, and get the character before that index, `x[sa[i]-1]`

.

There is a special case when the `sa[i]`

is the first suffix, of course, because you cannot look to the left of that, but in that case, it is the last character in the string, which is always the sentinel.

In C, we can compute the BWT like this:

```
char *bwt(char const * x, int *sa, size_t n)
{
char *bwt = malloc(n * sizeof *bwt);
if (bwt) {
for (size_t i = 0; i < n; i++) {
bwt[i] = (sa[i] == 0) ? '\0' : x[sa[i] - 1];
}
}
return bwt;
}
```

I’m using the zero-character for sentinel because we want one that is smaller than all other letters (and because it is already used as a sentinel in C). In the literature, you always use $, but the zero-character is a better choice in an implementation.

We can use the two functions like this:

```
int main(void)
{
char *x = "foobar";
size_t n = strlen(x) + 1;
int *sa = suffix_array(x, n);
if (!sa) perror("Couldn't allocate suffix array.");
for (size_t i = 0; i < n; i++) {
printf("%d %s\n", sa[i], x + sa[i]);
}
char *b = bwt(x, sa, n);
if (!b) perror("Couldn't construct BWT.");
for (size_t i = 0; i < n; i++) {
putchar((b[i] == 0) ? '$' : b[i]);
}
putchar('\n');
free(sa);
free(b);
return 0;
}
```

For the output, I translate the zero byte into the dollar-sign to see it in the terminal.

## Python implementation

For Python, where getting sub-strings means slicing, which means copying, building the same kind of array of suffixes is inefficient. Of course, you can use your own comparison algorithm for comparing substrings using indices, but it is just as easy to implement another approach. Take all the strings, and radix sort them:

```
import itertools
def suffix_bucket(x, i, offset):
idx = i + offset
return x[idx] if idx < len(x) else 0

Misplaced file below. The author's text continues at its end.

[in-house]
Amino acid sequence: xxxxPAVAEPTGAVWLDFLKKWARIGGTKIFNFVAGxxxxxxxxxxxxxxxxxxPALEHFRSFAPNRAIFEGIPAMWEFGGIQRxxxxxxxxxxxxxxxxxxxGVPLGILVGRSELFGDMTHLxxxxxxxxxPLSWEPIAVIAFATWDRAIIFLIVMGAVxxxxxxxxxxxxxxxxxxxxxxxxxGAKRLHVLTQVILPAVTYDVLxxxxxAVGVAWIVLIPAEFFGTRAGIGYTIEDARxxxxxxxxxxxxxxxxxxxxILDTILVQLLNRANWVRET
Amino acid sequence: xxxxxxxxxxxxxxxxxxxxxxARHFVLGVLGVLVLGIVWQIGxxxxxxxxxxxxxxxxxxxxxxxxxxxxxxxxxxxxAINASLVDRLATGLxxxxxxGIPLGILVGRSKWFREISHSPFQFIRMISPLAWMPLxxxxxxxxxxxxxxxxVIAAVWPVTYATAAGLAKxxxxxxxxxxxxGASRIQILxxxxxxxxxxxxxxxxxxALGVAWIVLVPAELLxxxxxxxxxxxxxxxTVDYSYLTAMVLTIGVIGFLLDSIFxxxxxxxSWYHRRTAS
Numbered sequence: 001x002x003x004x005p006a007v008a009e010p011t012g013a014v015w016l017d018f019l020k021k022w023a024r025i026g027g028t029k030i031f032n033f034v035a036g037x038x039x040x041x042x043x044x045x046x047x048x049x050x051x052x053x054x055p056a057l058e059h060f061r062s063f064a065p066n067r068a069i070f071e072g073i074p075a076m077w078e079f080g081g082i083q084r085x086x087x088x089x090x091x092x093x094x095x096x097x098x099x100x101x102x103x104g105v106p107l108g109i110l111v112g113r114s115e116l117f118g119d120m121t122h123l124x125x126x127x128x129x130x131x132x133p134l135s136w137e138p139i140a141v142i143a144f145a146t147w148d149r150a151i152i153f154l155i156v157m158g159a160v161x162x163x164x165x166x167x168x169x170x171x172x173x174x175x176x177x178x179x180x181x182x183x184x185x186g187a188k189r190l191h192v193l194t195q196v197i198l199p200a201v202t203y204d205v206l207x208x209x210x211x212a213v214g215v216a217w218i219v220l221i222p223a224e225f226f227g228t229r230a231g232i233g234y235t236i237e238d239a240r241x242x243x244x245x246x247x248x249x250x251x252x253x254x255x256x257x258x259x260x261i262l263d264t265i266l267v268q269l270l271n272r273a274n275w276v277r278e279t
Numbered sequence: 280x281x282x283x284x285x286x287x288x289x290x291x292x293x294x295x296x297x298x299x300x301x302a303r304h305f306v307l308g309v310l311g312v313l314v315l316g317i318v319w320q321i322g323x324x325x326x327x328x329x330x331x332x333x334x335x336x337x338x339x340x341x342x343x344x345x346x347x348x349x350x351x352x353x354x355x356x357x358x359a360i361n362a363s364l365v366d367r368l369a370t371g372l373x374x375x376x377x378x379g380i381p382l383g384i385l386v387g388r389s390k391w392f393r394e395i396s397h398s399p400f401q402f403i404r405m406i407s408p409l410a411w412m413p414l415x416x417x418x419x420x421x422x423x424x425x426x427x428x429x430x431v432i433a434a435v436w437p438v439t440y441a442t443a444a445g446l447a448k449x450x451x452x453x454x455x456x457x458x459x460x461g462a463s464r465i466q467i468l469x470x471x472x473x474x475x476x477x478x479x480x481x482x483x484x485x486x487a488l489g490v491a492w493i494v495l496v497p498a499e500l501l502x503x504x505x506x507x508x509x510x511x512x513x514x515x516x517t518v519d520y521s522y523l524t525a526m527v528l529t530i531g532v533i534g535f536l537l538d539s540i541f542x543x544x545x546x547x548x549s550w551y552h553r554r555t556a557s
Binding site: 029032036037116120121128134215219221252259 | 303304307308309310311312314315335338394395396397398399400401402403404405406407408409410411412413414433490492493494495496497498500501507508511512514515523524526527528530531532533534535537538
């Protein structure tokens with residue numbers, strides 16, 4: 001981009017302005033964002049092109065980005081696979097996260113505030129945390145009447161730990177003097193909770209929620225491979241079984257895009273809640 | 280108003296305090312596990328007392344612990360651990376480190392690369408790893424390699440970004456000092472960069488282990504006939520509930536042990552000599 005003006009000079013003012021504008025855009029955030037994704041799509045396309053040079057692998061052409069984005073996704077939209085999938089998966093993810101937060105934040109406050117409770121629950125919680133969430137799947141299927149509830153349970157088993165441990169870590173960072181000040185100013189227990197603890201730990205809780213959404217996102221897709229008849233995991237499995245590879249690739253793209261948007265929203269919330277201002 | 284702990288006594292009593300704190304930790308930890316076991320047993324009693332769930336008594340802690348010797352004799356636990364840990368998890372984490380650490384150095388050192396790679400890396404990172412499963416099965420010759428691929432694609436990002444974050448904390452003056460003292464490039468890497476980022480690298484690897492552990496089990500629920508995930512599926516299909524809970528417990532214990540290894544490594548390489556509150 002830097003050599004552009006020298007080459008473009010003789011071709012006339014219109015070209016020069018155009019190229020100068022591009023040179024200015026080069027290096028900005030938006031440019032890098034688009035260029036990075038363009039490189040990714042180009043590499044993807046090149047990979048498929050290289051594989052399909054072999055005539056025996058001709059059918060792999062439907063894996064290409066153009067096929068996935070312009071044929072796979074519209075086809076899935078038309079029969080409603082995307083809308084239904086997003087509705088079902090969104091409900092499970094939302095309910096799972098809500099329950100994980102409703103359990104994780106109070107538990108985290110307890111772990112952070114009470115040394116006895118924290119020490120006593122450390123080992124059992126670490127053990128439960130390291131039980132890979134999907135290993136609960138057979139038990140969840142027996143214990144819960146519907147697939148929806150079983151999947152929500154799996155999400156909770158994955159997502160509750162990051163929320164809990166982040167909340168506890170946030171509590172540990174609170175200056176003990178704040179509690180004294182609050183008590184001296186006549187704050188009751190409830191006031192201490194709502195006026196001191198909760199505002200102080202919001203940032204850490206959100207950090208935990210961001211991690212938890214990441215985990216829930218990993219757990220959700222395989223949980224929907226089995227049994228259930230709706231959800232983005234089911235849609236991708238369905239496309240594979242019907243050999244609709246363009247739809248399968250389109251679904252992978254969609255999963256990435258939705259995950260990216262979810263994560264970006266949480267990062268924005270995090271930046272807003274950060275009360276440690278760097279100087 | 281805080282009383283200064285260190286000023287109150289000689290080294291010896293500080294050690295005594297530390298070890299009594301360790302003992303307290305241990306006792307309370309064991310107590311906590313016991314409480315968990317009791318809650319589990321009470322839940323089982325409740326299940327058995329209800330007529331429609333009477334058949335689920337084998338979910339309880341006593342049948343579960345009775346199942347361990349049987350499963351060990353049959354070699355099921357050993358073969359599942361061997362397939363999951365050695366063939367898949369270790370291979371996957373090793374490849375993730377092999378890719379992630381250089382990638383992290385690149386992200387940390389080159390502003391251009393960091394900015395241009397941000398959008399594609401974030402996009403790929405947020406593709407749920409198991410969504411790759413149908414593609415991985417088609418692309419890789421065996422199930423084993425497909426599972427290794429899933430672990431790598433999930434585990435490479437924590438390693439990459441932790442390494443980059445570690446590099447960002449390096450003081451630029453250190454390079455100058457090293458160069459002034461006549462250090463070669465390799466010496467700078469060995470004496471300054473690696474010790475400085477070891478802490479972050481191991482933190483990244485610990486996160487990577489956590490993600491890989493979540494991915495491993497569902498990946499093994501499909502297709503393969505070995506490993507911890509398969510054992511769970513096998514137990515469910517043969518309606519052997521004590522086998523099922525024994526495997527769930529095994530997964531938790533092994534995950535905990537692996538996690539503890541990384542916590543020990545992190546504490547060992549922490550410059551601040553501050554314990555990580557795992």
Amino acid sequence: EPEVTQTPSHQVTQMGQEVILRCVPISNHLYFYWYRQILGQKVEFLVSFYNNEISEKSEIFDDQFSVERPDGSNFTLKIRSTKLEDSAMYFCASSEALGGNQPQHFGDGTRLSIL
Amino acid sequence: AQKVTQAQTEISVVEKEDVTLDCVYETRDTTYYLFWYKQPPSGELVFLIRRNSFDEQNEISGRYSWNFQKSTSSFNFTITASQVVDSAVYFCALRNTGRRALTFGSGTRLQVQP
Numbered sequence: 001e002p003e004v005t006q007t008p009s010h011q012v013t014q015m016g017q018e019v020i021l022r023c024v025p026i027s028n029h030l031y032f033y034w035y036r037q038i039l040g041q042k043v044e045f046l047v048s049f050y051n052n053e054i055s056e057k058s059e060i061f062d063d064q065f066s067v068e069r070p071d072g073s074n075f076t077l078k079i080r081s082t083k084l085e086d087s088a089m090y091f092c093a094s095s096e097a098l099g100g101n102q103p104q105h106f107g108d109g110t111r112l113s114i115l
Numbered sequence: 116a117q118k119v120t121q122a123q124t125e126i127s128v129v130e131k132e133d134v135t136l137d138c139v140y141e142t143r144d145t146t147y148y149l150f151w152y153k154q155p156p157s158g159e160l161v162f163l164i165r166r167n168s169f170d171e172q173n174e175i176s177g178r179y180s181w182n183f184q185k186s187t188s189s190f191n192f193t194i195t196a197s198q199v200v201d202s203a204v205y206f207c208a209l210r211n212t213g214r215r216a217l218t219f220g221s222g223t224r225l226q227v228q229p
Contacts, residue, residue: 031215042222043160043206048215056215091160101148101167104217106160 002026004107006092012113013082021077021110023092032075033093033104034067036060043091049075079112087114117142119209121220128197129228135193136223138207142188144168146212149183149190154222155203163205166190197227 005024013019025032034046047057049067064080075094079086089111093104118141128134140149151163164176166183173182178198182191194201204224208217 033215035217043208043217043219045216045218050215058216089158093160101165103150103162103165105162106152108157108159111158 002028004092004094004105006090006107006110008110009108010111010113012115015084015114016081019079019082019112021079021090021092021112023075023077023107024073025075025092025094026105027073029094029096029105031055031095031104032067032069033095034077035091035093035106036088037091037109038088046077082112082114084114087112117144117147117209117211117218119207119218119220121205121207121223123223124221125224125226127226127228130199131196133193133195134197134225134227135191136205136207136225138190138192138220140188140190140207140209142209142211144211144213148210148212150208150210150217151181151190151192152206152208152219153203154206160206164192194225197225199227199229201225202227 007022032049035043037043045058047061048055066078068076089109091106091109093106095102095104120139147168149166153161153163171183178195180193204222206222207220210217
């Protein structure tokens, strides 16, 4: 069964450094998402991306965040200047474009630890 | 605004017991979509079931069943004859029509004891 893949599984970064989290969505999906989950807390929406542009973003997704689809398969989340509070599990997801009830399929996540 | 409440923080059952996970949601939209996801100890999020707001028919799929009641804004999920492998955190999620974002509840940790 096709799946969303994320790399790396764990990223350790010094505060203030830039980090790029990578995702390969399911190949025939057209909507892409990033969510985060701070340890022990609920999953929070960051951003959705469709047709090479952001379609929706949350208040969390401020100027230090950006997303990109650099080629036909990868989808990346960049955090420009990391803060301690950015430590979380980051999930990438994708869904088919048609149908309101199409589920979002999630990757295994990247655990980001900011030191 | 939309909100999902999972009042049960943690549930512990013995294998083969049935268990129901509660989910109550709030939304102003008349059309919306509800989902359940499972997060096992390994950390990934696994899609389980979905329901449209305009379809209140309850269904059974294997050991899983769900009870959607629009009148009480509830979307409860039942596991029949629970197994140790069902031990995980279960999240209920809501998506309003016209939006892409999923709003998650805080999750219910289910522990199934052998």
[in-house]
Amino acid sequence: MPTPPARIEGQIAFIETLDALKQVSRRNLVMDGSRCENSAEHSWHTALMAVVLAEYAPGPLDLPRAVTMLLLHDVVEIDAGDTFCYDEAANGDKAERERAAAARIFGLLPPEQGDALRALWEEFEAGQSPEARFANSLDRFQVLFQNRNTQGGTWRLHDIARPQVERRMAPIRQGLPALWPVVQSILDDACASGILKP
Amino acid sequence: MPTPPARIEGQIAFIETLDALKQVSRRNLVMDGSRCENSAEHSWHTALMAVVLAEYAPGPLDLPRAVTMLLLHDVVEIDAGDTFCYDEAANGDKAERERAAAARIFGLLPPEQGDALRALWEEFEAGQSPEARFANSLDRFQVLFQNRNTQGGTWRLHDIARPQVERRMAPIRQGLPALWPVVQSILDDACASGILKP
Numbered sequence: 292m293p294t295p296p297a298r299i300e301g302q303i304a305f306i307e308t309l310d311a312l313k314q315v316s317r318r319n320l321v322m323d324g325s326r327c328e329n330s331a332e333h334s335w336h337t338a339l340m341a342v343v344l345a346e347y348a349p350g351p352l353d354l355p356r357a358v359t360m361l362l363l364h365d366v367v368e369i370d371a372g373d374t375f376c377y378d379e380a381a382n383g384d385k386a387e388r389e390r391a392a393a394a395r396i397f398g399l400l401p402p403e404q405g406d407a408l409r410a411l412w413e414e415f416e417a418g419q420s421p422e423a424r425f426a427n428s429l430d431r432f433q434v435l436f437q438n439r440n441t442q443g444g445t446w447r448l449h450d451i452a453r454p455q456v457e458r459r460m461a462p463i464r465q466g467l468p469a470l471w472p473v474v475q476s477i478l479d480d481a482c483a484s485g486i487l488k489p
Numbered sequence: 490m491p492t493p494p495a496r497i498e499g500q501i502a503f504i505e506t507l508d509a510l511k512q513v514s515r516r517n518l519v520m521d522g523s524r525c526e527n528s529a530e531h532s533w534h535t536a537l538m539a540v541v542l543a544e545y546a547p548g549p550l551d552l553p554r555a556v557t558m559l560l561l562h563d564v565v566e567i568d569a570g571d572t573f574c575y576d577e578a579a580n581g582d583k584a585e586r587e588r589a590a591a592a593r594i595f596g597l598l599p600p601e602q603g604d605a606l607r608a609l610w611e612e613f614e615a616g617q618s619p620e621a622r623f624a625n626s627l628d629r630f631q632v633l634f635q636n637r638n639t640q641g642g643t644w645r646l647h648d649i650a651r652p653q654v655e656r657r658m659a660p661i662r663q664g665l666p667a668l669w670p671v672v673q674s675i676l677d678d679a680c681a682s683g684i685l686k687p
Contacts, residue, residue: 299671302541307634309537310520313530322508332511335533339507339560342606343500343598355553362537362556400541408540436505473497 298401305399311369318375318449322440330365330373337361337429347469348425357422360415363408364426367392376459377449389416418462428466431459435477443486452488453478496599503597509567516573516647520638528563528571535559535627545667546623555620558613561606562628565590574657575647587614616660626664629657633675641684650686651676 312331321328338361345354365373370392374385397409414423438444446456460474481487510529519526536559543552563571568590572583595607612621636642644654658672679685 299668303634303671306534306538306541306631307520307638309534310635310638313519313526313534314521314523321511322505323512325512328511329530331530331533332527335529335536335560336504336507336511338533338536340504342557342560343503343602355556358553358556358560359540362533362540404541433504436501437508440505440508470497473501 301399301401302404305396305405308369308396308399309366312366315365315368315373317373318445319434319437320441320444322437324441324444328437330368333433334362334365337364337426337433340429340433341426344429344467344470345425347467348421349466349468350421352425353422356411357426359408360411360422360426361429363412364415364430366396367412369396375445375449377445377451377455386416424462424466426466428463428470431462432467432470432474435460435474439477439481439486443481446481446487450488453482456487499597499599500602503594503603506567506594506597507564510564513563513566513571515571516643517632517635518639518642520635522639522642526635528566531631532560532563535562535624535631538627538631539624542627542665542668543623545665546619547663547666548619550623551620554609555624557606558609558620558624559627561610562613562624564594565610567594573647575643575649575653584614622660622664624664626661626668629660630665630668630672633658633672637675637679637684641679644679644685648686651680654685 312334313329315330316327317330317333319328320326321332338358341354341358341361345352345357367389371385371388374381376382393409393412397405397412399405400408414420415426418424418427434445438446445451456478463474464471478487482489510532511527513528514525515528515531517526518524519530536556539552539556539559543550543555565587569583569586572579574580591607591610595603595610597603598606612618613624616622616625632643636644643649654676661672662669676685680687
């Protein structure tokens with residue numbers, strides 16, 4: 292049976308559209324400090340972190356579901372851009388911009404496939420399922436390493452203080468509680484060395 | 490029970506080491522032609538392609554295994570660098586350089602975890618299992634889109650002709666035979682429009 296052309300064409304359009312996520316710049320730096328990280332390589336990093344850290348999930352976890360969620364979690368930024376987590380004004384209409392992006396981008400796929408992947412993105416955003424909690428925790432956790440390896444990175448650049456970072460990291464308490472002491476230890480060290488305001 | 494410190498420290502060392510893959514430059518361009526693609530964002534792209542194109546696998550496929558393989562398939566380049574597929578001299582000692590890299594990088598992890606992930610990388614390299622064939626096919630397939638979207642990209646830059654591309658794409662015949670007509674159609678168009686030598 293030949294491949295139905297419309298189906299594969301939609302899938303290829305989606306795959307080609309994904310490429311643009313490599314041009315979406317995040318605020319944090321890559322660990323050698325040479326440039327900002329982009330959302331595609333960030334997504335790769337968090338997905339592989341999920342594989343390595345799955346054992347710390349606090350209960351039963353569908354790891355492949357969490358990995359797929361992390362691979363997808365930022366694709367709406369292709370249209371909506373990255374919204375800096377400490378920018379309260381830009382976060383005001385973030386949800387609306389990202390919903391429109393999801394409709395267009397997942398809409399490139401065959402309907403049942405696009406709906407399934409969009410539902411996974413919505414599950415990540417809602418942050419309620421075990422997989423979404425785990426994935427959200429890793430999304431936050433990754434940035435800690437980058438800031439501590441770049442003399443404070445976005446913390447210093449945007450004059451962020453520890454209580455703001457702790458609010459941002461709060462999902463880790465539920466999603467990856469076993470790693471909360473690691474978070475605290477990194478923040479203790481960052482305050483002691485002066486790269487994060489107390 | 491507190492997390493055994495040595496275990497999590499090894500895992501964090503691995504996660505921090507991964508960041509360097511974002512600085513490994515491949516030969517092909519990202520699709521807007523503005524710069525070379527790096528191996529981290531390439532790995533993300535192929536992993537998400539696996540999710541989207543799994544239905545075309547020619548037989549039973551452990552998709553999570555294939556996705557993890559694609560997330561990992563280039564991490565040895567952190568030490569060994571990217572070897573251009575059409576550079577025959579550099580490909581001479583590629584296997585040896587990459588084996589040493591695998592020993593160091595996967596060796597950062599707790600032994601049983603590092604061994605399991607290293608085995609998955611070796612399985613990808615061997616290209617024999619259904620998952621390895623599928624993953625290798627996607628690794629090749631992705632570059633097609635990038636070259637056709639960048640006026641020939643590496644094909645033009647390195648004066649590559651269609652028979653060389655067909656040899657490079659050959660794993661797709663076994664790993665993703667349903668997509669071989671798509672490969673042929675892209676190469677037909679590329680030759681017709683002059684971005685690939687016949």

def bucket_sort(x, suffixes, offset, alphabet):
buckets = [[] for _ in alphabet]
for i in suffixes:
buckets[suffix_bucket(x, i, offset)].append(i)
return itertools.chain(*buckets)
def suffix_array(x):
"""Computes the suffix array with a radix sort"""
alphabet = set(x)
symbol_map = dict(
(symb,i) for i,symb in enumerate(sorted(alphabet))
)
suffixes = range(len(x))
mapped_x = [symbol_map[symb] for symb in x]
for offset in range(len(x) - 1, -1, -1):
suffixes = bucket_sort(mapped_x, suffixes, offset, alphabet)
return list(suffixes)
```

There is a little more code, but it isn’t horrible.

The complexity is \( O(n^2) \) so better than the worst-case for the C solution, but worse than the expected case for the comparison based sorting approach.

BWT in Python can be written succinctly like this:

```
def bwt(x, sa):
return ''.join(
"\x00" if (sa[i] == 0) else x[sa[i] - 1]
for i in range(len(x))
)
```

This, then, is how you would use the functions in Python:

```
x = "foobar\x00"
sa = suffix_array(x)
for i in sa:
print(i, x[i:])
b = bwt(x, sa).replace("\x00", "$")
print(b)
```

I explicitly add the zero-byte as a sentinel to the string because Python strings are not zero-terminated the way that C strings are.

## Go implementation

I am only half-way into my Go book, so I don’t know if this is horrible or the way to do it in that language, but constructing the suffix array certainly can be done in a similar way as with C:

```
func SuffixArray(x string) []int {
sa := make([]int, len(x))
for i := 0; i < len(x); i++ {
sa[i] = i
}
sort.Slice(sa, func(i, j int) bool {
return x[sa[i]:] < x[sa[j]:]
})
return sa
}
```

As I understand it, the slicing is constant time, so the comparison function only spends the time it takes to compare the two strings, and no extra time on copying, which is what I needed to avoid with the radix sort in Python.

I am not sure if this is the right way to construct a string in Go:

```
func BWT(x string, sa []int) string {
bwt := make([]byte, len(x)) // FIXME: is this the proper type?
for i := 0; i < len(x); i++ {
if sa[i] == 0 {
bwt[i] = '\x00'
} else {
bwt[i] = x[sa[i]-1]
}
}
return string(bwt)
}
```

I am making a byte slice and creating the BWT string in that, and then casting it at the end. Strings are immutable in Go, and this is how I figured you are supposed to do it. But someone with Go experience, please let me know!

You can use the functions like this:

```
func main() {
x := "foobar\x00"
sa := SuffixArray(x)
for i := 0; i < len(x); i++ {
fmt.Println(sa[i], x[sa[i]:])
}
bwt := BWT(x, sa)
bwt = strings.Replace(bwt, "\x00", "$", 1)
fmt.Println(bwt)
}
```

## Rust?

And then I got to Rust and hit a wall right away. I don’t know the language, so of course, I would hit a wall, but it was rather quickly.

I don’t know how to even make an array of a size that isn’t a compile-time constant.

So, I suppose I’d better finish the Go book and move on to learning Rust next week before I need it.